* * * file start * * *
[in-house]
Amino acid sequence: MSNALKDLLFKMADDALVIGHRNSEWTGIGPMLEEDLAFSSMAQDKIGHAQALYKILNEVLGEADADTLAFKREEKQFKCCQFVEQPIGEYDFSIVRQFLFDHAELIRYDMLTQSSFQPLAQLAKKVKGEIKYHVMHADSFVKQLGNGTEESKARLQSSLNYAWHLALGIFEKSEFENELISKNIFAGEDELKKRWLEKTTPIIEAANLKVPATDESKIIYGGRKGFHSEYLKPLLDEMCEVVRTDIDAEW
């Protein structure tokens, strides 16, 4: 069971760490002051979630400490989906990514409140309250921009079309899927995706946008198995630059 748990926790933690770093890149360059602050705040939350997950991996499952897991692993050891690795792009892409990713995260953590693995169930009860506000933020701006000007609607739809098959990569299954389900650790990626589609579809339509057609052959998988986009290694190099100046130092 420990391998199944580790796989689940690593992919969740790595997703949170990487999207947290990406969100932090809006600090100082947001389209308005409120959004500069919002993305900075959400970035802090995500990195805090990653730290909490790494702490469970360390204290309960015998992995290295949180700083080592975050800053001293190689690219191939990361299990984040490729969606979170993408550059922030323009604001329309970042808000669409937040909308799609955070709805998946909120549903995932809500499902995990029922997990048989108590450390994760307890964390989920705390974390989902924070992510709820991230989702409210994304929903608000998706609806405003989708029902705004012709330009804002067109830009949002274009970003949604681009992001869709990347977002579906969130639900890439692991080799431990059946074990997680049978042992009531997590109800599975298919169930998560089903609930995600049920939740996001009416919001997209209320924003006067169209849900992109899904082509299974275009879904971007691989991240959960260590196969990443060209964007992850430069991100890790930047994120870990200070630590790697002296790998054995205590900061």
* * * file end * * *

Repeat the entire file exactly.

[in-house]
Amino acid sequence: MSNALKDLLFKMADDALVIGHRNSEWTGIGPMLEEDLAFSSMAQDKIGHAQALYKILNEVLGEADADTLAFKREEKQFKCCQFVEQPIGEYDFSIVRQFLFDHAELIRYDMLTQSSFQPLAQLAKKVKGEIKYHVMHADSFVKQLGNGTEESKARLQSSLNYAWHLALGIFEKSEFENELISKNIFAGEDELKKRWLEKTTPIIEAANLKVPATDESKIIYGGRKGFHSEYLKPLLDEMCEVVRTDIDAEW
């Protein structure tokens, strides 16, 4: 069971760490002051979630400490989906990514409140309250921009079309899927995706946008198995630059 748990926790933690770093890149360059602050705040939350997950991996499952897991692993050891690795792009892409990713995260953590693995169930009860506000933020701006000007609607739809098959990569299954389900650790990626589609579809339509057609052959998988986009290694190099100046130092 420990391998199944580790796989689940690593992919969740790595997703949170990487999207947290990406969100932090809006600090100082947001389209308005409120959004500069919002993305900075959400970035802090995500990195805090990653730290909490790494702490469970360390204290309960015998992995290295949180700083080592975050800053001293190689690219191939990361299990984040490729969606979170993408550059922030323009604001329309970042808000669409937040909308799609955070709805998946909120549903995932809500499902995990029922997990048989108590450390994760307890964390989920705390974390989902924070992510709820991230989702409210994304929903608000998706609806405003989708029902705004012709330009804002067109830009949002274009970003949604681009992001869709990347977002579906969130639900890439692991080799431990059946074990997680049978042992009531997590109800599975298919169930998560089903609930995600049920939740996001009416919001997209209320924003006067169209849900992109899904082509299974275009879904971007691989991240959960260590196969990443060209964007992850430069991100890790930047994120870990200070630590790697002296790998054995205590900061």